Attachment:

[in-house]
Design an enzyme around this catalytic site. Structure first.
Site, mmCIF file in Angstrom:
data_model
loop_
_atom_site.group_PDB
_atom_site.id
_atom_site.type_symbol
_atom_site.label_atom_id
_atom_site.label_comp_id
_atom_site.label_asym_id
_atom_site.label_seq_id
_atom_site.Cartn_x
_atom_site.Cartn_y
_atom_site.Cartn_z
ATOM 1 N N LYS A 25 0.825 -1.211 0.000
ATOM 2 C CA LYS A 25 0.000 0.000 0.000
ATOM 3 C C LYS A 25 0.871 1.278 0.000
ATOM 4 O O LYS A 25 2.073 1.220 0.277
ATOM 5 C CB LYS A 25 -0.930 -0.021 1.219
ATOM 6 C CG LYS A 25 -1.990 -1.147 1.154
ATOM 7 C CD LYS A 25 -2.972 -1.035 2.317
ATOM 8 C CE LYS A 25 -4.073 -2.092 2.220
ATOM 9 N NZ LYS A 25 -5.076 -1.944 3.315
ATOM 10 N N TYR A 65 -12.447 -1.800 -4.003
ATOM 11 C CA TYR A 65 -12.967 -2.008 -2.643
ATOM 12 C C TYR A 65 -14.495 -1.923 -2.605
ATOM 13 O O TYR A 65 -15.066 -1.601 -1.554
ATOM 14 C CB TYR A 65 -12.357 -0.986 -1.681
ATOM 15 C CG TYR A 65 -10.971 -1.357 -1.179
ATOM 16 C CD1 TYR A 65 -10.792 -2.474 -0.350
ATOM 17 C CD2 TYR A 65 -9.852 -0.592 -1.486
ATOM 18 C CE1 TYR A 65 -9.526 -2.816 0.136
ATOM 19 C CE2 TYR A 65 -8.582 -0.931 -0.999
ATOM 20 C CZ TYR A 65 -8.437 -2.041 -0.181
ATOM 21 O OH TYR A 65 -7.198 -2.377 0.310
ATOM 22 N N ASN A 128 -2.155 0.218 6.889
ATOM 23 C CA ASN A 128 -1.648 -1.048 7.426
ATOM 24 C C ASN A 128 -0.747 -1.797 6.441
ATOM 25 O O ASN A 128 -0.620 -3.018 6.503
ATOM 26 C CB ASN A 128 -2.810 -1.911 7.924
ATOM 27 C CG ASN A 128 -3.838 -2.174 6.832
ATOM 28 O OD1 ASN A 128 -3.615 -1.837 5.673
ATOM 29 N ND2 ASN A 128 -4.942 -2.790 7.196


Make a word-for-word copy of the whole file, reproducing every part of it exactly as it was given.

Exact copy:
[in-house]
Design an enzyme around this catalytic site. Structure first.
Site, mmCIF file in Angstrom:
data_model
loop_
_atom_site.group_PDB
_atom_site.id
_atom_site.type_symbol
_atom_site.label_atom_id
_atom_site.label_comp_id
_atom_site.label_asym_id
_atom_site.label_seq_id
_atom_site.Cartn_x
_atom_site.Cartn_y
_atom_site.Cartn_z
ATOM 1 N N LYS A 25 0.825 -1.211 0.000
ATOM 2 C CA LYS A 25 0.000 0.000 0.000
ATOM 3 C C LYS A 25 0.871 1.278 0.000
ATOM 4 O O LYS A 25 2.073 1.220 0.277
ATOM 5 C CB LYS A 25 -0.930 -0.021 1.219
ATOM 6 C CG LYS A 25 -1.990 -1.147 1.154
ATOM 7 C CD LYS A 25 -2.972 -1.035 2.317
ATOM 8 C CE LYS A 25 -4.073 -2.092 2.220
ATOM 9 N NZ LYS A 25 -5.076 -1.944 3.315
ATOM 10 N N TYR A 65 -12.447 -1.800 -4.003
ATOM 11 C CA TYR A 65 -12.967 -2.008 -2.643
ATOM 12 C C TYR A 65 -14.495 -1.923 -2.605
ATOM 13 O O TYR A 65 -15.066 -1.601 -1.554
ATOM 14 C CB TYR A 65 -12.357 -0.986 -1.681
ATOM 15 C CG TYR A 65 -10.971 -1.357 -1.179
ATOM 16 C CD1 TYR A 65 -10.792 -2.474 -0.350
ATOM 17 C CD2 TYR A 65 -9.852 -0.592 -1.486
ATOM 18 C CE1 TYR A 65 -9.526 -2.816 0.136
ATOM 19 C CE2 TYR A 65 -8.582 -0.931 -0.999
ATOM 20 C CZ TYR A 65 -8.437 -2.041 -0.181
ATOM 21 O OH TYR A 65 -7.198 -2.377 0.310
ATOM 22 N N ASN A 128 -2.155 0.218 6.889
ATOM 23 C CA ASN A 128 -1.648 -1.048 7.426
ATOM 24 C C ASN A 128 -0.747 -1.797 6.441
ATOM 25 O O ASN A 128 -0.620 -3.018 6.503
ATOM 26 C CB ASN A 128 -2.810 -1.911 7.924
ATOM 27 C CG ASN A 128 -3.838 -2.174 6.832
ATOM 28 O OD1 ASN A 128 -3.615 -1.837 5.673
ATOM 29 N ND2 ASN A 128 -4.942 -2.790 7.196